What’s in a name? Why Google's transition to Alphabet is great news for investors

Bolko Hohaus
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"Greater visibility is fantastic news for investors" (Source: Getty)

Companies change names and rebrand when they wish to turn over a new leaf, or refresh their perception amongst key stakeholders. Some work, some don’t - just think about Britain’s Royal Mail and its short-lived rebranding to “Consignia”. That name change quickly got lost in the post. And remember PwC’s abortive attempt to switch to “Monday”?

On Monday, Google announced it would metamorphose into “Alphabet”, creating a new holding company with that name. The core Google search business would sit inside this holding company, alongside the A-Z of other businesses Google has invested in or founded, including YouTube, Nest, Life sciences and Calico.

The name Alphabet - or “Alpha-bet” - is less an allusion to the 26 letters and more a clear reference to some of the wackier businesses in Google’s portfolio: its so-called moonshots, capital-intensive businesses that may not succeed, and yet may prove to be the sort of wildly-successful technological breakthroughs that truly change people’s lives.

Read more: How Google is breaking corporate branding rules to get its Alpha-bet to pay off

While investors are content to support new business verticals that could deliver tomorrow’s bottom-line growth and drive Google’s share price ever higher, they also want a better understanding of how much is being spent on each business and how well they are performing.

This is where the real revolution is happening.

Each of the businesses will get a separate chief executive. For the core Google search business this will be Sundar Pichai, an experienced executive who has been with the company since 2004, most recently lately in charge of its consumer products with the exception of YouTube. This should ensure a smooth transition.

Read more: Three things you should know about Google's new chief

For a company that previously was light on disclosure, stakeholders will now get a segmented report with this year’s fourth quarter results. This will be just as exciting as when Amazon recently disclosed the profitability in its cloud business. It seems that transparency is the new byword in Silicon Valley and greater visibility is fantastic news for investors.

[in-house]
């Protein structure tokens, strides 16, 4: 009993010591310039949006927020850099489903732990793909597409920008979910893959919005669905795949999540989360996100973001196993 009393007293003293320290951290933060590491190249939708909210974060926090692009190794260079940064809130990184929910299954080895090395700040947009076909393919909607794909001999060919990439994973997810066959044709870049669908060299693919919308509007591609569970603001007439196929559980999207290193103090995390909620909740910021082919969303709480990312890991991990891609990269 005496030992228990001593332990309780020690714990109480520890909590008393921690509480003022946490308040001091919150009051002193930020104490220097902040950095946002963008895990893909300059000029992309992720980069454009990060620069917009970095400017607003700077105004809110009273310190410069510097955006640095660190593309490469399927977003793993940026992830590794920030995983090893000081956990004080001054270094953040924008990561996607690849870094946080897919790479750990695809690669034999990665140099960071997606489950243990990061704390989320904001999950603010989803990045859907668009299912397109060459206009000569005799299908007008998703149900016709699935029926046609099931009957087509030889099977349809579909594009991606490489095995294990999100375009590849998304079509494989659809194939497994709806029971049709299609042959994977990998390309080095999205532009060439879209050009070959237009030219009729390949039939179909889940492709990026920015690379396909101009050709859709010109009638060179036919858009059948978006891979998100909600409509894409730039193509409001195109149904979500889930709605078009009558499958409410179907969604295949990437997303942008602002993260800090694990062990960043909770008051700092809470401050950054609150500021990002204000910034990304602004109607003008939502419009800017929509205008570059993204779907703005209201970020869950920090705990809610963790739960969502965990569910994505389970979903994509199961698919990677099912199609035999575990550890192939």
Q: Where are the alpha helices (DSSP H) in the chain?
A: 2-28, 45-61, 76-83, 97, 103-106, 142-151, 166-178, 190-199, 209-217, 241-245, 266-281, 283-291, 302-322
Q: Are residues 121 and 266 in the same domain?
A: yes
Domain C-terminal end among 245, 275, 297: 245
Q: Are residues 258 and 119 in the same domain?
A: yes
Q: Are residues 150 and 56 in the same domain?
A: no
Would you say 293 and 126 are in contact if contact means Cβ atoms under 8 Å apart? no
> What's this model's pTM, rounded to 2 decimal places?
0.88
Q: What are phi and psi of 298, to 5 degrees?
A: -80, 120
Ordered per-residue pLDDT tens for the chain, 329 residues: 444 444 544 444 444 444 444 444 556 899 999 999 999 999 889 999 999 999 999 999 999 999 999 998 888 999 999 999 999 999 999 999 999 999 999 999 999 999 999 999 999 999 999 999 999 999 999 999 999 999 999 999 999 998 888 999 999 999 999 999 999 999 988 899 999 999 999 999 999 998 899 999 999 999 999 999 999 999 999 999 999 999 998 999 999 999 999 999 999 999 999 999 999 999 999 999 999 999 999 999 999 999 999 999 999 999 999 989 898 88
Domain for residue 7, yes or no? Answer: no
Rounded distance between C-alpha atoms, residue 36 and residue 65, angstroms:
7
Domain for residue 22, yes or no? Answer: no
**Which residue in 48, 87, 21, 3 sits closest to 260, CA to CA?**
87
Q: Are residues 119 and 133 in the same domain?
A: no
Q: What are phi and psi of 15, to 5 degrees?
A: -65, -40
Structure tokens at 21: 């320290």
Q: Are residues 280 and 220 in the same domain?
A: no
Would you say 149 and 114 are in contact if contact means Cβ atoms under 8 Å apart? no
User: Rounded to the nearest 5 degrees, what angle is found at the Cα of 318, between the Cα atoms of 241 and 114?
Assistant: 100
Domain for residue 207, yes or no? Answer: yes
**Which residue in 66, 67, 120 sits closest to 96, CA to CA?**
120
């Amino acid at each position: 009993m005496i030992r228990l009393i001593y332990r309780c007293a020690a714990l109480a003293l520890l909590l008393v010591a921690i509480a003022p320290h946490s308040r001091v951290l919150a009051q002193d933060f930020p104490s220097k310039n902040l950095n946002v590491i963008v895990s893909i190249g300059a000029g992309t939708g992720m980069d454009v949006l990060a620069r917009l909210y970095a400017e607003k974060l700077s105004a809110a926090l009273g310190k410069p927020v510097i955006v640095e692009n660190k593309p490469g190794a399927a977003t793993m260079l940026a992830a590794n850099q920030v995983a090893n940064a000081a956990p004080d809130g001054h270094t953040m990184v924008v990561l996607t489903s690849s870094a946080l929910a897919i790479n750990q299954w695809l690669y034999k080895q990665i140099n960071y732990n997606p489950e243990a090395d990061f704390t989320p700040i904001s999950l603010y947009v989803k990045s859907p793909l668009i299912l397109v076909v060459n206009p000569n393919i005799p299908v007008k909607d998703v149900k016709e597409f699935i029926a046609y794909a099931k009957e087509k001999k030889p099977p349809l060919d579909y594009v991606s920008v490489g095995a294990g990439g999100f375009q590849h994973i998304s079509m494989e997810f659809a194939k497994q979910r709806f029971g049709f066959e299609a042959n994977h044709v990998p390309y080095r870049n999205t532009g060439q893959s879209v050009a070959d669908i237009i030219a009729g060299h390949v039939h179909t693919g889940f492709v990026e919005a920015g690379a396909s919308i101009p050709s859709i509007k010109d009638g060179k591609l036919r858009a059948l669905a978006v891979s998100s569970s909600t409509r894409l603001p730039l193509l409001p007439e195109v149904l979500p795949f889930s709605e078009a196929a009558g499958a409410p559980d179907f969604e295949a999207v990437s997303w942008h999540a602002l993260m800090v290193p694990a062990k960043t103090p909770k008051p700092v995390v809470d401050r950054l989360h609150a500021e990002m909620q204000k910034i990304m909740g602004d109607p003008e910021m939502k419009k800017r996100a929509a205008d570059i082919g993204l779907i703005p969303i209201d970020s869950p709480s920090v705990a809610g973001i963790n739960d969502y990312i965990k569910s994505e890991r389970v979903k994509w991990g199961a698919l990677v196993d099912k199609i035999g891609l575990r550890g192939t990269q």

We know that Google has a highly profitable search business, but this cash cow has been used to fund new projects, many of which we don’t get any metrics for, such as cash burn or return on investment. Investors crave this reassurance.

Witness Google’s 16 per cent share price pop last month after newly-installed chief financial officer Ruth Porat promised to deliver better cost discipline and more transparency. Running the businesses separately could lead to more focus for each of them.

What does that mean for the stock? Some estimates put the sum of money invested in new projects at $4bn. Assuming that number is correct (with similar-sized operating losses) it would imply that the operating profit of “Google Core” is $4bn or 15 per cent higher than the currently reported profit.

Google’s price-earnings ratio drops from 19 to 16 times 2006 earnings, when in our opinion a multiple of 20 would be more appropriate. This translates into a 25 per cent uplift in the share price.

Add in YouTube and cash on its balance sheet, and the uplift could come to 40 per cent.

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